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An oral glucose tolerance test (OGTT) is a diagnostic tool used to evaluate how an individual’s body metabolizes sugar. Often used to diagnose diabetic conditions, an oral glucose tolerance test requires minimal preparatory measures and may be safely administered during pregnancy. An OGTT does carry minimal risk for complications and these should be discussed with a qualified health care professional prior to test administration.
Under normal circumstances, the body utilizes the sugar consumed through one’s diet as fuel. When the body fails to metabolize consumed sugar, it accumulates, triggering an imbalance that can result in a pre-diabetic condition that places the body at risk for complications that may impair its ability to function properly. The presence of consistently high blood glucose levels is generally indicative of pre-diabetes, which is considered to be a precursor to the development of type 2 diabetes. It has been estimated that nearly 57 million people in the United States alone have pre-diabetes which may be detected through the administration of an oral glucose tolerance test.
Similarly, when a woman becomes pregnant, she may possess an elevated risk for developing gestational diabetes. The presence of this form of diabetes is often temporary and subsides once a woman has given birth. During the interim, it is important for her to monitor her blood glucose levels to lessen the risk for complications for both her and her unborn child. As a precautionary measure, it is not uncommon for an oral glucose tolerance test to be utilized as a screening tool to detect this diabetic condition.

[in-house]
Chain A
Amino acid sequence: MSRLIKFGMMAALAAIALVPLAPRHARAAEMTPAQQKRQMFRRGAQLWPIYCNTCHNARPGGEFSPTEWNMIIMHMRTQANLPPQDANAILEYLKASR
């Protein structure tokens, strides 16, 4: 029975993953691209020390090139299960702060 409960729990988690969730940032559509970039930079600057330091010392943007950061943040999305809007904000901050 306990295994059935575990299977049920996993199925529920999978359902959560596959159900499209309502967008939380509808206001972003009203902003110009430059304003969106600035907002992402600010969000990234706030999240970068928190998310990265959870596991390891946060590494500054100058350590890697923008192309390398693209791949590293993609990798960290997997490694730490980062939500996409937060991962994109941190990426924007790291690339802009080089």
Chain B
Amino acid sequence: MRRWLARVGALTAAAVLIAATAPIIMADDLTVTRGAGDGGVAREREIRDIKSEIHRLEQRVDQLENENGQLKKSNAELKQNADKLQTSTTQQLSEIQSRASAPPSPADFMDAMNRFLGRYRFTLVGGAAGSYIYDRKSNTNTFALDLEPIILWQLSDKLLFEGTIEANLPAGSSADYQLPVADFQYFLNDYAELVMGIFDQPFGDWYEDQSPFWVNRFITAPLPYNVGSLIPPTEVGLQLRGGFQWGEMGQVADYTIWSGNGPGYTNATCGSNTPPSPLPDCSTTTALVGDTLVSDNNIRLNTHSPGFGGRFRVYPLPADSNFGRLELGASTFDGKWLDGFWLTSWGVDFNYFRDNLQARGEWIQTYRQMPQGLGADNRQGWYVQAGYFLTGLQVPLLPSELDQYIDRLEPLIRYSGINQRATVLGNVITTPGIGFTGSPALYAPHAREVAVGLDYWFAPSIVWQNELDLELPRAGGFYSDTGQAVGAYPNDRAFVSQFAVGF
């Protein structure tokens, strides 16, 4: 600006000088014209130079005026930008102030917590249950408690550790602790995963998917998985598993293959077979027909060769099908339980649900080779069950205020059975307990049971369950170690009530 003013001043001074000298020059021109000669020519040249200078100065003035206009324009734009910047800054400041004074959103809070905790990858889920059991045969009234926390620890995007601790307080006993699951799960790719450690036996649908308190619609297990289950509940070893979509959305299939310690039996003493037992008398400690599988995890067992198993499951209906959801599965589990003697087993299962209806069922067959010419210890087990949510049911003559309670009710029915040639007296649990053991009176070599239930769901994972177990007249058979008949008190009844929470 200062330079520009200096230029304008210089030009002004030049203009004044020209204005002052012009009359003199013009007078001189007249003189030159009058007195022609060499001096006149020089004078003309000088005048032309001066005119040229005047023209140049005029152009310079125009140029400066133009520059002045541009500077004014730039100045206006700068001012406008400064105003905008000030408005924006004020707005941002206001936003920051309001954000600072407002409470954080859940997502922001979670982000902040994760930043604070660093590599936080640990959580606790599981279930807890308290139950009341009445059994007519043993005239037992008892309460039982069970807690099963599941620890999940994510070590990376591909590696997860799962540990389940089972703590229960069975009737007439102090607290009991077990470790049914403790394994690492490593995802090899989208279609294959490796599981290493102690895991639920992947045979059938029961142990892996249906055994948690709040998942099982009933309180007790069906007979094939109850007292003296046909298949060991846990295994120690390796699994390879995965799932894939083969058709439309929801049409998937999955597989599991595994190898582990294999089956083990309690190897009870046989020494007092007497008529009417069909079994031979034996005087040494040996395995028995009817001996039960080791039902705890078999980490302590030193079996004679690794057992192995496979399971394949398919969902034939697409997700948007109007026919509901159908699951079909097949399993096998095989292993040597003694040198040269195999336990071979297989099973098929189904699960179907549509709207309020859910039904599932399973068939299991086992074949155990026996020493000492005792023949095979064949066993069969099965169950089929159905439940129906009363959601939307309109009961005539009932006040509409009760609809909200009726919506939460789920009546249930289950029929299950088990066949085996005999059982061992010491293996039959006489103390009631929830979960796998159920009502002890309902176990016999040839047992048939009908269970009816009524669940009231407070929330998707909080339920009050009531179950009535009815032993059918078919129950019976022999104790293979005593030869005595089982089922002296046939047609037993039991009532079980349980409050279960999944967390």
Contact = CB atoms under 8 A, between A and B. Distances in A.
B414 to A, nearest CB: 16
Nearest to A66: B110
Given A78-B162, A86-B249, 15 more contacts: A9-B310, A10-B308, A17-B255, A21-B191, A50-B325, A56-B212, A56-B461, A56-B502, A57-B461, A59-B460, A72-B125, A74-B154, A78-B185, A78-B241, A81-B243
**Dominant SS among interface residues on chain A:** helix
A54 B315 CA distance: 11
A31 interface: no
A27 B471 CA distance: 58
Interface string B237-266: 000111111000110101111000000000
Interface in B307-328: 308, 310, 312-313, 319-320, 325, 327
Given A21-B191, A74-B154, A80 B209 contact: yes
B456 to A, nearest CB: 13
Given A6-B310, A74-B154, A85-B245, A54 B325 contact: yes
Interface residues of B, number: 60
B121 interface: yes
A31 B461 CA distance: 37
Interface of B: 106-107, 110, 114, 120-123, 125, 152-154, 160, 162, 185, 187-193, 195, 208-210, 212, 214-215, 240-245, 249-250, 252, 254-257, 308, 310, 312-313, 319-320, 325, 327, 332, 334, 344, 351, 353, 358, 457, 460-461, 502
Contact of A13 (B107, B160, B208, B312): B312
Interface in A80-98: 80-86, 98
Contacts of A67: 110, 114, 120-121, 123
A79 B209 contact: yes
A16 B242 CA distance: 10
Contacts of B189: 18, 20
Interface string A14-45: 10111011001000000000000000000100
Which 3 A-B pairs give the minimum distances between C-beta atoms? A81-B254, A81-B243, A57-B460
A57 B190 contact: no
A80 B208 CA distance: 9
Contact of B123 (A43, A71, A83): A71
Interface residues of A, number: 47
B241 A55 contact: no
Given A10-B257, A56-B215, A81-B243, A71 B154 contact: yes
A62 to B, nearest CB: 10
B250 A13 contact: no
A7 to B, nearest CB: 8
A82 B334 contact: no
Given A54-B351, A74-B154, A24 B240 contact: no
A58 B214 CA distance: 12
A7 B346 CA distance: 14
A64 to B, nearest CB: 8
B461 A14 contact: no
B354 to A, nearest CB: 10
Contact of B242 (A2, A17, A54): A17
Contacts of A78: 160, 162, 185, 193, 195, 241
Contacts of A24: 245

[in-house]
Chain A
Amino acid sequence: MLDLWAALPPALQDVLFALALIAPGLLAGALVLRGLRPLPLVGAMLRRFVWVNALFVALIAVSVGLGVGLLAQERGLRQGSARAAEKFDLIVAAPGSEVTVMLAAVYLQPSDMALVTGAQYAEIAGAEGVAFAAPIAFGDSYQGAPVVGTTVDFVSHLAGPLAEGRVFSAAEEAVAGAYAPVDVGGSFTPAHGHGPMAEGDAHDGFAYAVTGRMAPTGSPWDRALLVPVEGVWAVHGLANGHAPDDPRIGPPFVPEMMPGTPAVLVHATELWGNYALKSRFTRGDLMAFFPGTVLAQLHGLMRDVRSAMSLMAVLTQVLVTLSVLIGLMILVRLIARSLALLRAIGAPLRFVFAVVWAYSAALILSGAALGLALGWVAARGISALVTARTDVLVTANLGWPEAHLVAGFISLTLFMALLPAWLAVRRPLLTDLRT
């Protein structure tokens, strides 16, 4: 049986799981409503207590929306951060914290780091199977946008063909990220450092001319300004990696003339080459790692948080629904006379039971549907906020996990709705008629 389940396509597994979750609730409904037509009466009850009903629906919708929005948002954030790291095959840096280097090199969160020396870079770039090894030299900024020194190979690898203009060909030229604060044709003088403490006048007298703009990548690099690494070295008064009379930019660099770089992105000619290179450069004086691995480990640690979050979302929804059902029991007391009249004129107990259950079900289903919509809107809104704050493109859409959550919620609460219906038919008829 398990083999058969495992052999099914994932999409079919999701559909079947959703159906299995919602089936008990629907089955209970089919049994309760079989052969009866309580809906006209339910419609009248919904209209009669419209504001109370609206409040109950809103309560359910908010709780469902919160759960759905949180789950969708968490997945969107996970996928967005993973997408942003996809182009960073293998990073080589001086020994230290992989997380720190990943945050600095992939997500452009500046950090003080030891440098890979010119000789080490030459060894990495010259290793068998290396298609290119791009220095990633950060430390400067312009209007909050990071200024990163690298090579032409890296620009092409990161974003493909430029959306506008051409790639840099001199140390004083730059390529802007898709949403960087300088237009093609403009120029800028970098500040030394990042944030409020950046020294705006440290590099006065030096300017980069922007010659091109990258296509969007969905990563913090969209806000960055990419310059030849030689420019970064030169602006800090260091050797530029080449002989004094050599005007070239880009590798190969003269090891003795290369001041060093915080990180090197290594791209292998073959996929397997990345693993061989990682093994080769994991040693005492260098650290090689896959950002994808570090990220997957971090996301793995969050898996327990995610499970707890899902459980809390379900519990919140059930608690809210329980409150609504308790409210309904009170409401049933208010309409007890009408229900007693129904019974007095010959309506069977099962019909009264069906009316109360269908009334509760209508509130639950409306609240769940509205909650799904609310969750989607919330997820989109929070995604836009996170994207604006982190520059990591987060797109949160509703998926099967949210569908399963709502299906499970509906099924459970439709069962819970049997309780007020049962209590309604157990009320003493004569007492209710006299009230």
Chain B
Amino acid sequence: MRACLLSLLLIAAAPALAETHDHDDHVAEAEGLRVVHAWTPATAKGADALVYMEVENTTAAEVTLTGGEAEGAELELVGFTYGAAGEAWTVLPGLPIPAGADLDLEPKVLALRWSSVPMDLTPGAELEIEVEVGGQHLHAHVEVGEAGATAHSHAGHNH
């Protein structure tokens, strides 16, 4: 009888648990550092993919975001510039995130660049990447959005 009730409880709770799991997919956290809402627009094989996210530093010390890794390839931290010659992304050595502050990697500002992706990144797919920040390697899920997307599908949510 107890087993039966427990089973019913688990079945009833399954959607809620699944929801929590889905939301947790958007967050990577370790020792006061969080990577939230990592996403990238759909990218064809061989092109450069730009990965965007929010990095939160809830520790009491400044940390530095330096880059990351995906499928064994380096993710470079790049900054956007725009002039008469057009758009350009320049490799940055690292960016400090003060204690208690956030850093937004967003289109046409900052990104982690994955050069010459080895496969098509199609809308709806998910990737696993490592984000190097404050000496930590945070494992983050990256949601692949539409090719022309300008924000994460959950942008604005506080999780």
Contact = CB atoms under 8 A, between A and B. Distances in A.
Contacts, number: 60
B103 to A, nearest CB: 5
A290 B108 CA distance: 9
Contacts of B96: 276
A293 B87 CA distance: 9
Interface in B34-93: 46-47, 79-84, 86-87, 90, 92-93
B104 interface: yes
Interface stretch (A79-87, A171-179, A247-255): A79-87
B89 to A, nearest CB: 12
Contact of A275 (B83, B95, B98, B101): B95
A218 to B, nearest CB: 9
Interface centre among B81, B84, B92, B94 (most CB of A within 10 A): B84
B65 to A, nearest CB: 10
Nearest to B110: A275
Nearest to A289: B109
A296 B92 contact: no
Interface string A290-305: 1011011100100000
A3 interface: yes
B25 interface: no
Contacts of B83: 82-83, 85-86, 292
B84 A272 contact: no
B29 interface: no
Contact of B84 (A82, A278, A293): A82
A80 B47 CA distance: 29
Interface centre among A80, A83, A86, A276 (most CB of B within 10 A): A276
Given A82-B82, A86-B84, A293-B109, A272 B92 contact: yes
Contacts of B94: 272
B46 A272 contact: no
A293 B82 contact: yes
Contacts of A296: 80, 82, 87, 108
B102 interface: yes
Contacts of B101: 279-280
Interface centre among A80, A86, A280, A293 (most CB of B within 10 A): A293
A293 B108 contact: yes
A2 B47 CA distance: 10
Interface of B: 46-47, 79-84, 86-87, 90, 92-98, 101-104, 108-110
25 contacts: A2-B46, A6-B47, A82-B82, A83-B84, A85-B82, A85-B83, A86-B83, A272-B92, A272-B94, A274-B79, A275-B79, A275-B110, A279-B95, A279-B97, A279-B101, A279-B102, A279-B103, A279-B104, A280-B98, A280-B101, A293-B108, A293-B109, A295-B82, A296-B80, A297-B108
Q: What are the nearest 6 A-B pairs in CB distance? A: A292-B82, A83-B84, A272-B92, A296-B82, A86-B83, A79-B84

There are minimal preparatory measures required for an oral glucose tolerance test. Individuals are generally instructed to maintain their normal diet in the weeks and days leading up to the test so that test results may possess an accurate foundation. Though fasting for a minimum of four hours is required prior to test administration to prevent a false reading, an individual is usually instructed to not consume any food or beverage for at least 12 hours prior to testing.
The test carries minimal risk for complications that may include excessive bleeding, light-headedness, and hematoma formation at the injection site. Certain prescription drugs may interfere with the metabolic processes associated with this type of test, including beta-blockers and oral contraceptive medications. Individuals should consult with their health care provider regarding potential drug interactions prior to test administration.
The oral glucose tolerance test is multifaceted in its administration and may take several hours to complete. Following the initial fast, a blood draw will be performed with the aid of a small needle. Obtained from a vein, the blood draw is generally a relatively painless procedure. Some individuals may experience slight, momentary discomfort as the needle is inserted and a dull ache when the needle is withdrawn.
After the blood draw, the individual is given a liquid glucose solution to drink, which may induce nausea. Subsequent blood samples may then be periodically taken for up to three hours following the administration of the sugary solution. Each blood sample taken serves as a snapshot of the metabolizing process as the body processes the sugar consumed. The overall picture created by the multiple blood draws may then be interpreted to evaluate the resulting blood sugar levels. At the conclusion of the test, high blood glucose levels are generally indicative of the presence of diabetes.
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